Last week we visited, as a group, the beautiful and historic hilltop Tuscan towns of San Gimignano, Siena and Monteriggioni. We spent the night at the Certosa di Pontignano, a former monastery now hotel that dates back to the 13th century. Our rooms were the cells that the former friars used as apartments!
The next day we enjoyed a relaxing day at the thermal baths of Terme San Giovanni and a scenic drive back to Florence through the Crete Siensi, a picturesque part of Tuscany with rolling hills and vistas that seem to continue on forever. Above and below are a selection of photos from those two days that make up our Tour of Tuscany trip.
The HUF program has been built on relationships, many of them dating back to well before the students even began their academic journey in elementary school. Because of these relationships and the years of cultivation that they take, HUF students today have the opportunity to participate in incredible cultural experiences and see Italy like no other tourist would be able to.
A prime example of this is our friend, Martha Specht Corsi, the owner of the Castello di Porciano. Martha has graciously opened her family home, a restored 11th century castle, to HUF groups for many years as an opportunity for students to experience a taste of what rural, medieval Italy would have been like. This castle is even a place where the great Italian poet Dante stayed while writing his masterpiece "The Divine Comedy."
Over the years, "The Castle," (as it is called amongst HUF groups) has become a place where many memories are made and this semester was no different. We were incredibly blessed with fantastic weather that allowed students to hike the various walking trails that snake through the valley, explore the small town of Stia, just below the castle and even practice watercolor painting with Robbie in the courtyard.
This castle holds 1,000 years worth of memories and we are thankful to also be a part of its incredible story.
Click here for more information on the Castello di Porciano and Martha's story.
Visiting Professor's Note
It’s hard to believe we have been in Florence for three weeks. This immersion into the Italian culture has provided many wonderful experiences with Robbie and the students. Classes are off and running and the students keep us on our toes by asking great questions. We truly are blessed to share this experience with them; each one bringing their unique gifts and talents.
This week, we had the pleasure of visiting Mulino di Bucchio, one of the oldest mills on the Arno River. This mill has been in the Bucchi family over 700 years with its oldest building dating back to the 13th century. It is said that the mill served Castello di Porciano for many years, the place Robbie arranged for us to stay for two nights while in Casentino.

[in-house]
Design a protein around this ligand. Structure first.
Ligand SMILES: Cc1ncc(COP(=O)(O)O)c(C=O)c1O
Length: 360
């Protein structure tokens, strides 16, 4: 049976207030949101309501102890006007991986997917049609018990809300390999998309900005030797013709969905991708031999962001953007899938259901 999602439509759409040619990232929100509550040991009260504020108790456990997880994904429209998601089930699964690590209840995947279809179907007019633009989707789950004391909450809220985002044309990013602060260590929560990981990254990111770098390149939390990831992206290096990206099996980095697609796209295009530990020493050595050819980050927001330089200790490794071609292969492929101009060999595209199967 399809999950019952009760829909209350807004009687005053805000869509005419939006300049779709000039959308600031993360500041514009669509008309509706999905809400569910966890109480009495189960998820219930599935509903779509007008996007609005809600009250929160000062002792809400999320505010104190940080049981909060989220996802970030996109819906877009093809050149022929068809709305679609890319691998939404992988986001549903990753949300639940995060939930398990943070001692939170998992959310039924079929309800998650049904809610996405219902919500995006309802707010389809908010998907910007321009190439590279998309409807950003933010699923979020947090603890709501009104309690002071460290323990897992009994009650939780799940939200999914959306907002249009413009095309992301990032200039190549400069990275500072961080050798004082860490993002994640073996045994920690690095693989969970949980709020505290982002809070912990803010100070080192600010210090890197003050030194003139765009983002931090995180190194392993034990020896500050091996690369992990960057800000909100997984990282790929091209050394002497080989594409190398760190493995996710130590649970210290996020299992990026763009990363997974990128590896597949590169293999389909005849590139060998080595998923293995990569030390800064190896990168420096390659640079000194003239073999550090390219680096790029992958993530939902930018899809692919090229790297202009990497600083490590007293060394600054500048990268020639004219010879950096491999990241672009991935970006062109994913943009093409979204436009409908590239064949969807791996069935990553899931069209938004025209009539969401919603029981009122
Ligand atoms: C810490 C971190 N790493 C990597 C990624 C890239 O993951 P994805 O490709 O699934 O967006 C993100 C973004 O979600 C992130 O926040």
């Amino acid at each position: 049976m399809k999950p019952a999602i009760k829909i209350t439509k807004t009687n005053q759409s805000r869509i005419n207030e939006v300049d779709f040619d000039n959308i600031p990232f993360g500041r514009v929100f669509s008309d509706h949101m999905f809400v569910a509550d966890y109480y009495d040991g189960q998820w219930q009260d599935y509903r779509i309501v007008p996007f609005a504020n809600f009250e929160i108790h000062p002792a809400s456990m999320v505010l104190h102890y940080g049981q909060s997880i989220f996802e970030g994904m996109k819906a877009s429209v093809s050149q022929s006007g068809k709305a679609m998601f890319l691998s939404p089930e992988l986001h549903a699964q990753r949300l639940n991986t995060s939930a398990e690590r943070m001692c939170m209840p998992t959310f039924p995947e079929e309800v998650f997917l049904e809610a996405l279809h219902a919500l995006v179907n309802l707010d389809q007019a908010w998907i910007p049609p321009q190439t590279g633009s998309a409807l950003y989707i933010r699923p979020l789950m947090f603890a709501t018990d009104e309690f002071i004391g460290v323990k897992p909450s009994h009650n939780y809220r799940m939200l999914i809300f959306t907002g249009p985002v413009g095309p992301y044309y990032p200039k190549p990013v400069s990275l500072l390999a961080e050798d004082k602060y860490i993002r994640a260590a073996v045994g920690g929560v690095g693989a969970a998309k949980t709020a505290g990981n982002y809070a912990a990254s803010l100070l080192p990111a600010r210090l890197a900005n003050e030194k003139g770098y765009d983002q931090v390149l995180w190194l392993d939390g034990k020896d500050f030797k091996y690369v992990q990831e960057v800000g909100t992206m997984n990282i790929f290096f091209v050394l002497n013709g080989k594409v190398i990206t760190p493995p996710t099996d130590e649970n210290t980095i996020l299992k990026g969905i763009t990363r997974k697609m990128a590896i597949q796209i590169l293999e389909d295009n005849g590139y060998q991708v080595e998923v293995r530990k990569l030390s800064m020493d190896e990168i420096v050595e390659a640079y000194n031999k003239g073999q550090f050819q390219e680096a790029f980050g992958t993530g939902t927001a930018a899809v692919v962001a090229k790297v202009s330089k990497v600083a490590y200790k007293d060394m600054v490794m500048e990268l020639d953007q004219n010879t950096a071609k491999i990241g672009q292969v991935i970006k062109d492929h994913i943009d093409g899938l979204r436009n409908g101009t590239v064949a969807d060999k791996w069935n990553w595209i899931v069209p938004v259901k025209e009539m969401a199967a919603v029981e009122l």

Mulino di Bucchio has also been the site of a large trout hatchery, which received many prizes in the 1930’s by the Italian Department of Agriculture. The mill worked regularly until 1955, and then on and off until 1960. The last miller was Pietro Bucchi, known as “Pietrone” or “the Philosopher,” because of his long beard. In the 1970’s, the mill and its owner were visited by writers, journalists, and the RAI (an Italian TV network), who filmed a documentary on old legends and tales of the Casentino valley. They were very proud to tell us about this prestigious filming opportunity.
The Bucchi's prepared a marvelous dinner for our HUF family to enjoy. We began with a corn appetizer, palenta, which was quickly followed by an amazingly delicious fresh baked flatbread from the stone oven right outside the door. Then fresh meats and cheeses, chopped tomato blend, and platters of apple cake, blackberry, and apricot tortes were brought in to complete the evening. We were “stuffed to the gills.”
This was an especially meaningful experience for Mike as he felt a family connection to Claudio and his family. Although they could not figure out if there was a close blood connection, there was a strong connection of spirit. Mike felt as if he had found a long-lost cousin from his “roots.” They hugged, smiled, and shook hands numerous times. It was evident they felt a deep connection. Robbie translated so they could talk with one another and share information about their family history, but the real communication was seen in the smiles and hugs. It was very special and felt like “home in Italy,” even if only for few short minutes.
-Mike and Marilyn Bucchi, visiting professors
As our cars wound through the Casentino mountains, we marveled at the Tuscan towns and medieval towers. Little did we know that nothing could compare with the view from our castle. For three days and two nights, we had the honor of calling the Castello di Porciano our home. This castle was built in the 13th century by the Guidi counts, a powerful aristocratic family. After centuries of neglect, an ancestor of the counts rebuilt the interior of the castle in the 1960s. This restoration enabled us to experience the castle in a unique way. In the courtyard where knights had jousted, we learned about the history and culture of the area. In the tower where Dante penned the Inferno, we wrote in our journals. In a grand hall, we ate our dinner while peering down into the valley. One evening, we climbed up to the battlements of the castle for a devotional. Here, we sang songs to our Creator under the stars and marveled at His handiwork in the Casentino mountains. We thanked Him for the minds that created this castle and those who preserved it for a millennium. I will forever cherish this experience from my time in Italy.
-Sarah, HUF Student